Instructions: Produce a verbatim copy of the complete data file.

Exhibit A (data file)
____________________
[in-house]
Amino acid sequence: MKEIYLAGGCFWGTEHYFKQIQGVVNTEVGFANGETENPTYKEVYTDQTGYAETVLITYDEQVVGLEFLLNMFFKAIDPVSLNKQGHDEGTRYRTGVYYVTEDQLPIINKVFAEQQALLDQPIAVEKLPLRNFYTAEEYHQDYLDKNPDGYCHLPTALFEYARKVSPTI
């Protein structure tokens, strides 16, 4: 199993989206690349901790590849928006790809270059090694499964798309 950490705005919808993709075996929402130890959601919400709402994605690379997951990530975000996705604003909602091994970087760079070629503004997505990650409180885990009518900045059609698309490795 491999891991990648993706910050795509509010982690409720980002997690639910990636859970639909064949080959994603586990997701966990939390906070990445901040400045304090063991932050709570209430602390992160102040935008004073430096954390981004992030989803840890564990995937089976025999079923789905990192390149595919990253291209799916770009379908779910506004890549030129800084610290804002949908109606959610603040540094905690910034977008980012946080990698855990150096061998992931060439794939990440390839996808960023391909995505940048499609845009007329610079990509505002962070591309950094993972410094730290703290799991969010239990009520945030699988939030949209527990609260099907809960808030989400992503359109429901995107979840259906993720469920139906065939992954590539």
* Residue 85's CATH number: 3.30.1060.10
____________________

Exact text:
[in-house]
Amino acid sequence: MKEIYLAGGCFWGTEHYFKQIQGVVNTEVGFANGETENPTYKEVYTDQTGYAETVLITYDEQVVGLEFLLNMFFKAIDPVSLNKQGHDEGTRYRTGVYYVTEDQLPIINKVFAEQQALLDQPIAVEKLPLRNFYTAEEYHQDYLDKNPDGYCHLPTALFEYARKVSPTI
């Protein structure tokens, strides 16, 4: 199993989206690349901790590849928006790809270059090694499964798309 950490705005919808993709075996929402130890959601919400709402994605690379997951990530975000996705604003909602091994970087760079070629503004997505990650409180885990009518900045059609698309490795 491999891991990648993706910050795509509010982690409720980002997690639910990636859970639909064949080959994603586990997701966990939390906070990445901040400045304090063991932050709570209430602390992160102040935008004073430096954390981004992030989803840890564990995937089976025999079923789905990192390149595919990253291209799916770009379908779910506004890549030129800084610290804002949908109606959610603040540094905690910034977008980012946080990698855990150096061998992931060439794939990440390839996808960023391909995505940048499609845009007329610079990509505002962070591309950094993972410094730290703290799991969010239990009520945030699988939030949209527990609260099907809960808030989400992503359109429901995107979840259906993720469920139906065939992954590539």
* Residue 85's CATH number: 3.30.1060.10